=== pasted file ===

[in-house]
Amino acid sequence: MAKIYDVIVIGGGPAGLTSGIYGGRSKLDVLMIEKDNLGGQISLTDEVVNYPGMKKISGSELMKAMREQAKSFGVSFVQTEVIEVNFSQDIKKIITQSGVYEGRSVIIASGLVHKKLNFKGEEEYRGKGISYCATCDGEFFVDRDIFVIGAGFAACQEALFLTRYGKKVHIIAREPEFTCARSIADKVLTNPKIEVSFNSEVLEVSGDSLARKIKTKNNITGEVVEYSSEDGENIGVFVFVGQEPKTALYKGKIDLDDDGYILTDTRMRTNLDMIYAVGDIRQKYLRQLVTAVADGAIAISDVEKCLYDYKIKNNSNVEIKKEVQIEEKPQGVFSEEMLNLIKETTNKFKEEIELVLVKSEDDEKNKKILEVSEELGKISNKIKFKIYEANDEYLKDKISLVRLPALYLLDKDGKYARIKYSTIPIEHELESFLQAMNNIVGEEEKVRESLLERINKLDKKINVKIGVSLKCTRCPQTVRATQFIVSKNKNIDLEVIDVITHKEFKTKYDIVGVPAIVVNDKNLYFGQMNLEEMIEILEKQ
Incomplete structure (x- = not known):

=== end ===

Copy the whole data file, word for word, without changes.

[in-house]
Amino acid sequence: MAKIYDVIVIGGGPAGLTSGIYGGRSKLDVLMIEKDNLGGQISLTDEVVNYPGMKKISGSELMKAMREQAKSFGVSFVQTEVIEVNFSQDIKKIITQSGVYEGRSVIIASGLVHKKLNFKGEEEYRGKGISYCATCDGEFFVDRDIFVIGAGFAACQEALFLTRYGKKVHIIAREPEFTCARSIADKVLTNPKIEVSFNSEVLEVSGDSLARKIKTKNNITGEVVEYSSEDGENIGVFVFVGQEPKTALYKGKIDLDDDGYILTDTRMRTNLDMIYAVGDIRQKYLRQLVTAVADGAIAISDVEKCLYDYKIKNNSNVEIKKEVQIEEKPQGVFSEEMLNLIKETTNKFKEEIELVLVKSEDDEKNKKILEVSEELGKISNKIKFKIYEANDEYLKDKISLVRLPALYLLDKDGKYARIKYSTIPIEHELESFLQAMNNIVGEEEKVRESLLERINKLDKKINVKIGVSLKCTRCPQTVRATQFIVSKNKNIDLEVIDVITHKEFKTKYDIVGVPAIVVNDKNLYFGQMNLEEMIEILEKQ
Incomplete structure (x- = not known):